I find a lot of people mismatch what they say and do - they really have no idea what's actually driving them. Sometimes when they do figure it out they forget to stop and think about it every 2 years or so and see if they're actually still doing what they say they want to do.

Last edited by Macca26; 03-10-2014 at 11:51 AM.
#21
Old 03-10-2014, 12:08 PM
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I don't believe anything. That's the beauty of it!
#22
Old 03-10-2014, 12:12 PM
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I don't believe you.


....Hey, you're right!
#23
Old 03-10-2014, 12:23 PM
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Quote:
Originally Posted by TubaDiva View Post
We'll put you on sabbatical again if that's necessary but before we go there I want you to consider getting some help and being seen in a medical setting, maybe even on an emergency basis -- some intervention is in order.
I have had help, nearly 20 years of therapy & medication. I see professional people weekly.

Go ahead and put me on sabbatical, it's for the best.

Thank You.
#24
Old 03-10-2014, 12:26 PM
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Live and let live.
#25
Old 03-10-2014, 12:41 PM
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"Bo was a simple man. He had such a simple life that he only had one etho."
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#26
Old 03-10-2014, 01:36 PM
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#27
Old 03-10-2014, 01:44 PM
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Last edited by Archeonomist; 03-10-2014 at 01:46 PM.
#28
Old 03-10-2014, 03:48 PM
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I have no idea how people can be glib or nonchalant about this. What the OP is asking for is a summary of your essence, a summation of your soul (not in a religious sense). If you don't/can't have an answer to this, it sounds like your "life-spark" has been extinguished, and there's no "there there."

In my case . . . I have often referred to myself as a "recovering objectivist," and that will most likely continue as long as I'm alive. I'm re-examining beliefs that I thought would be absolute, and discovering that some of them arise from faulty premises on a very fundamental level. So I'm shedding that certainty that had, for years, been such a comfort, and daring to question beliefs that had been "carved in stone." So I'm in a period of major transition right now, and feeling very much alive.
#29
Old 03-10-2014, 04:09 PM
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Try to make yourself useful.
#30
Old 03-10-2014, 04:47 PM
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Currently, my main driving ethos would essentially be Adam Smith's invisible hand, with the provision that we should be pursuing self-interest in a rational and ethical manner. Find your talents/interests and use them in a manner supported by the market. In the end, you will benefit not only yourself but the people around you.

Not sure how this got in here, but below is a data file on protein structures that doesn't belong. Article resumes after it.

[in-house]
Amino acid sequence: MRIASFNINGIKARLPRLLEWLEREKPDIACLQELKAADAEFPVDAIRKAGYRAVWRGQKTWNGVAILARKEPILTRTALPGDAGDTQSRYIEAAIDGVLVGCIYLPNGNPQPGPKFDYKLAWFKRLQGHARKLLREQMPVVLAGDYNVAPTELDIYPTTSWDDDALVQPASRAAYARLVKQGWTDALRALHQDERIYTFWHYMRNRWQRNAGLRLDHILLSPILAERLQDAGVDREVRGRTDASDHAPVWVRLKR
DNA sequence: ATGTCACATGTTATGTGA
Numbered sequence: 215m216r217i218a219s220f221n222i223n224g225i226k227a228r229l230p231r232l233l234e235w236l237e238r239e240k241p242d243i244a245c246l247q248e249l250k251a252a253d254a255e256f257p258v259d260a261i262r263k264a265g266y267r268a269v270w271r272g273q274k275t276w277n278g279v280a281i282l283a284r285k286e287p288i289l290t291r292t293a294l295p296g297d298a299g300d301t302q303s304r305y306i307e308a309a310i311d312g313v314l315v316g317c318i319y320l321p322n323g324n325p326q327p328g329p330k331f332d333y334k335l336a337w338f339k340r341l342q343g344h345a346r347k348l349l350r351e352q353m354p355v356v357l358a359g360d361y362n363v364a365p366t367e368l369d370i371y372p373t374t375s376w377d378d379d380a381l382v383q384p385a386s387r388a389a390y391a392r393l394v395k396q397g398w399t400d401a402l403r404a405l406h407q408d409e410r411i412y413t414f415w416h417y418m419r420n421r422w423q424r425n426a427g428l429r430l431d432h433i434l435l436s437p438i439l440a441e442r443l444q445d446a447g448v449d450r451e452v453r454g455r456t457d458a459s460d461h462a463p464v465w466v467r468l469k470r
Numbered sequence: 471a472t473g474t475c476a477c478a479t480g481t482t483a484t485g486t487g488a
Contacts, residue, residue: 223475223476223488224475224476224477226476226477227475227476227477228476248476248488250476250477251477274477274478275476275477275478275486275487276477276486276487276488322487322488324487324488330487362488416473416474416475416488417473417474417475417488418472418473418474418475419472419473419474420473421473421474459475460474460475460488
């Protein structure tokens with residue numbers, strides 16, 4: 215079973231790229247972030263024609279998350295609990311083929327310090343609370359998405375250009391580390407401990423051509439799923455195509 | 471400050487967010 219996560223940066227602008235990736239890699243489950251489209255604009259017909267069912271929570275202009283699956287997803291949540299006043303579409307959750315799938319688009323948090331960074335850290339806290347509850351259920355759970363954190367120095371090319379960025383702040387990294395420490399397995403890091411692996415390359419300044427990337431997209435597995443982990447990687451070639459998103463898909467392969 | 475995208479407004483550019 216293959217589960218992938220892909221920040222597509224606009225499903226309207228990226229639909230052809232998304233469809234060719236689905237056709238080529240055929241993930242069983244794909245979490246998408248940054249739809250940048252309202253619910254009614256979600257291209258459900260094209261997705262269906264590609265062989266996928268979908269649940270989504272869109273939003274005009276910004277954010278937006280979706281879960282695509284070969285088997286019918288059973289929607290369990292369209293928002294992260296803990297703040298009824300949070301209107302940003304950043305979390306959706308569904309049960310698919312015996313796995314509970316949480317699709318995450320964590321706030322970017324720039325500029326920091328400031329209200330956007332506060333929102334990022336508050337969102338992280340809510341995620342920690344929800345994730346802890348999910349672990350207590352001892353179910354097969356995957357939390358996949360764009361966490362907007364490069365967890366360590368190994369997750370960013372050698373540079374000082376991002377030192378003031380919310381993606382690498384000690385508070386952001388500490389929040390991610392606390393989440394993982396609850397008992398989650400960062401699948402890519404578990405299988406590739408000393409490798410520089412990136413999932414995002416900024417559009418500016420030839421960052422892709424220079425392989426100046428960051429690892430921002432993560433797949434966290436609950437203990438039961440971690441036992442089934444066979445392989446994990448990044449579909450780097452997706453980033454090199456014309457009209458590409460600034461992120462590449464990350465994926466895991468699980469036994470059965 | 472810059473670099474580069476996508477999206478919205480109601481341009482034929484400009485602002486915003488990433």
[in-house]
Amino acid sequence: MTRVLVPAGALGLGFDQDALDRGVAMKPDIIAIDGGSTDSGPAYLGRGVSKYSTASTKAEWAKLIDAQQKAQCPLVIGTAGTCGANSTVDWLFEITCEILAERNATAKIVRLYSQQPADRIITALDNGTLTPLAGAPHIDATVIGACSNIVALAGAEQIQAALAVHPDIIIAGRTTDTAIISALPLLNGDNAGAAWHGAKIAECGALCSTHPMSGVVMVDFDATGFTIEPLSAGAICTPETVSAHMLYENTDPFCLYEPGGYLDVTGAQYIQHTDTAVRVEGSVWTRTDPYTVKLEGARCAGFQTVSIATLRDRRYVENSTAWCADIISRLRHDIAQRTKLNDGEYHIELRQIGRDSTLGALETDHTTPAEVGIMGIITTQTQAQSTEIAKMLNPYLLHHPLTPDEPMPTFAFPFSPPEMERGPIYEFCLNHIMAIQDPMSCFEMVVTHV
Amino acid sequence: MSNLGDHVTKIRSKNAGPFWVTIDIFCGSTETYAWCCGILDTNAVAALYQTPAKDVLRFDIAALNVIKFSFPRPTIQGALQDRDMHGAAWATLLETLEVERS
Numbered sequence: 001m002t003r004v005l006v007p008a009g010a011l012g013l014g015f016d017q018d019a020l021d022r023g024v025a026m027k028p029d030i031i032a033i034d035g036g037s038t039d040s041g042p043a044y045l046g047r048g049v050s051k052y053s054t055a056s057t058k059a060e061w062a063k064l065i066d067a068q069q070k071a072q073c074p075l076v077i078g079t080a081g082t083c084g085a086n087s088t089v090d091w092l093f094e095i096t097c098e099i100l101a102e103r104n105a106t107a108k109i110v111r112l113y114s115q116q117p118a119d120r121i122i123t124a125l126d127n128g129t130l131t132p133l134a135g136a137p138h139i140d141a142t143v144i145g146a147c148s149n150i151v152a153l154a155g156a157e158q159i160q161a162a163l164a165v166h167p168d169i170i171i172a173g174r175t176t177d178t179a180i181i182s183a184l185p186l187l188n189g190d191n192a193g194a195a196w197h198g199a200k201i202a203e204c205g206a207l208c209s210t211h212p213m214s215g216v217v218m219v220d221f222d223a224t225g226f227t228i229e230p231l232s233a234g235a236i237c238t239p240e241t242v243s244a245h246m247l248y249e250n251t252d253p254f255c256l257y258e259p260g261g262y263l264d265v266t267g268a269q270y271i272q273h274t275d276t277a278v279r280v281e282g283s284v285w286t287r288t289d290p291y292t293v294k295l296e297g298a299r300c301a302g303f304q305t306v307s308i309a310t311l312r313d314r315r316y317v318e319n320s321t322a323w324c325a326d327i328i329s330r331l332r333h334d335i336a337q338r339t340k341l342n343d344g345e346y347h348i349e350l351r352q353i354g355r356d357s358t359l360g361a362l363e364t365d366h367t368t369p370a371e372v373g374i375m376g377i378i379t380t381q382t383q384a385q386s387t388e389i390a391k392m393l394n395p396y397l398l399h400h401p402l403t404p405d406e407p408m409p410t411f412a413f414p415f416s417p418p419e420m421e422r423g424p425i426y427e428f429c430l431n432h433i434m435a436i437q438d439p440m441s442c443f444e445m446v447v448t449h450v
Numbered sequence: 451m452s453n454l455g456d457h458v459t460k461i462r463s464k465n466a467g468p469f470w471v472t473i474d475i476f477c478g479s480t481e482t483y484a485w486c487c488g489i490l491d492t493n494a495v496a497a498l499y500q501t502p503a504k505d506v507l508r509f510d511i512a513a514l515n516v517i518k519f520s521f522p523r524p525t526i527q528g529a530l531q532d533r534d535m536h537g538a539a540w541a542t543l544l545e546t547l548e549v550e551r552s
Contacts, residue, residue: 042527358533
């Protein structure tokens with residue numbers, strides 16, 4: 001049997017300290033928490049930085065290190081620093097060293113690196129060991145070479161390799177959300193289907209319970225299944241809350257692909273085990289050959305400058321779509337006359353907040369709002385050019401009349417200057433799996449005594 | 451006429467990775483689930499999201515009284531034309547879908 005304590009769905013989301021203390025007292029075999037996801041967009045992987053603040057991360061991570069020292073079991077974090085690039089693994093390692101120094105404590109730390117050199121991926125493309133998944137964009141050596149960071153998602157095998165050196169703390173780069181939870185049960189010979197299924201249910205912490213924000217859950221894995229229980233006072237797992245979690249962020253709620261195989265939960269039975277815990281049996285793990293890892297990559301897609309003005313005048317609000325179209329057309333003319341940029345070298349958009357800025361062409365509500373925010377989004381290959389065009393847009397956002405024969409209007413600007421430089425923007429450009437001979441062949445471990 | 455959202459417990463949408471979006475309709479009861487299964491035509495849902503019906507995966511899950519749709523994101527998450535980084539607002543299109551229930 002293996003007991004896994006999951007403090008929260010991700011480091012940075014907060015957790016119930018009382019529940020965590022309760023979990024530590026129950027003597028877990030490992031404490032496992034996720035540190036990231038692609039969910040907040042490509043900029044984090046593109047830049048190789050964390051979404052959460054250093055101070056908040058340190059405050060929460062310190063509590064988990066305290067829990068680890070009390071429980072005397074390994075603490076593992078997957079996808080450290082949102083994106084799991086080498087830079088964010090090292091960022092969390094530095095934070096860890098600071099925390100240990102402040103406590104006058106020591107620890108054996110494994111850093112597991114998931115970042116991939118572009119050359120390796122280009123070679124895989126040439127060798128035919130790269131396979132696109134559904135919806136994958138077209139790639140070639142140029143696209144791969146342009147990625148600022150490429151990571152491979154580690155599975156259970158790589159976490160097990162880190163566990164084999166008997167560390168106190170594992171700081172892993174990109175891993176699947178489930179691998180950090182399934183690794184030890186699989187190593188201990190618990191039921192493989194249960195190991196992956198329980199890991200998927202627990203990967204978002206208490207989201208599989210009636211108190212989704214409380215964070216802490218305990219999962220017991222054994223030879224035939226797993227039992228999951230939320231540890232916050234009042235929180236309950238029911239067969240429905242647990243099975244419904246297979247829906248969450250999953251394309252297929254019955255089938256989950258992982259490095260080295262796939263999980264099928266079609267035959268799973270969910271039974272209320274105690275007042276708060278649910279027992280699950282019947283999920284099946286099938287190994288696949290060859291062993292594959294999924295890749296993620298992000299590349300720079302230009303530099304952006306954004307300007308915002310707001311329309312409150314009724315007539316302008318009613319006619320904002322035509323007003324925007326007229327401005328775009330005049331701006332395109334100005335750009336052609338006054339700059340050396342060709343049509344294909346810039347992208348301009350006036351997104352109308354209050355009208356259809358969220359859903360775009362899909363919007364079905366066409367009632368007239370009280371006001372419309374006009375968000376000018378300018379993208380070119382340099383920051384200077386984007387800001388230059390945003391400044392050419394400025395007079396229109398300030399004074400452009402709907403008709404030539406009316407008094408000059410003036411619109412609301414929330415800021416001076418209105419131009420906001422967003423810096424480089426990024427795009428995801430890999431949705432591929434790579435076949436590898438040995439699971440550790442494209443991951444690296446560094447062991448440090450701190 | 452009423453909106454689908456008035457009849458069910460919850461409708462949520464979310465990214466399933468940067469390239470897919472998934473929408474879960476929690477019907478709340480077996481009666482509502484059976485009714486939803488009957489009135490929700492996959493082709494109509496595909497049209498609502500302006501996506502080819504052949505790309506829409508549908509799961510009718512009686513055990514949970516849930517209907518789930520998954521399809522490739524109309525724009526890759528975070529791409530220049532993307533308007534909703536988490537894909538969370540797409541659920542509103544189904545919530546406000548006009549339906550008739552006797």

This is not to look down on things like charity and government aid, mind you. But if you're expecting either of those to solve the world's problems, it's just not going to happen. There is no amount of money alone that will forever eliminate poverty from the face of the Earth. The "sustainable" solution to helping other people is to find a way to make a living at it.
#31
Old 03-10-2014, 05:19 PM
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Last edited by El_Kabong; 03-10-2014 at 05:20 PM.
#32
Old 03-10-2014, 05:30 PM
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Life is short. I know that's said all the time, so much that we've been desensitized to what it means, but it is. Everyone only has a few decades in the universe, and too many people spend that time worrying about the future. Sometimes it's good to take a deep breath and enjoy living in the moment. That Earth harbors such diverse life is pretty amazing, and I'm glad I was lucky enough to be born in the time and place I was. So I try not to let it all slip by.
#33
Old 03-10-2014, 06:02 PM
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Quote:
Originally Posted by panache45 View Post
I have no idea how people can be glib or nonchalant about this. What the OP is asking for is a summary of your essence, a summation of your soul (not in a religious sense). If you don't/can't have an answer to this, it sounds like your "life-spark" has been extinguished, and there's no "there there."
Are you open to hearing an alternative interpretation?

Not everyone wants to wax philosophically, even if they are deeply introspective. There are some people who choose to live life rather than thinking and talking about it. They may believe that being too conscious of it detracts from the experience. And I share this opinion. It's kind of like how some people make a big deal of being mindful or pursuing happiness. The moment you become intentional about it, the "essence" of what you're doing is lost.

I try not to answer questions like this because it always feels like I'm deluding myself, no matter what I say. I can say that my personal ethos is to optimally balance a lifestyle of simplicity with personal growth and fulfillment. But I probably fall short of this a LOT, and I'm not wise enough to know to what degree. I know that I don't get out of bed every morning thinking, "How am I going to have fun today without giving myself an ulcer?" No, my thoughts are much more concrete and mundane. Feed the cats. Eat this sandwich. Finish this report. Pick the boogers out of my nose. There is no ethos in my thoughts, guiding my actions. Whatever I come up with as an ethos is completely ex post facto, and thus likely self-serving and convenient.

So I find that it's best that I not delude myself and admit that I have no ethos, which doesn't say anything about who I am beyond me being someone who doesn't want to claim an ethos. You are free to judge me as not having as much of a "life spark" as you. Or you can simply acknowledge that a question like the OP's requires a lot of personal insight--something that not all of us possess.

Last edited by monstro; 03-10-2014 at 06:02 PM.
#34
Old 03-10-2014, 07:58 PM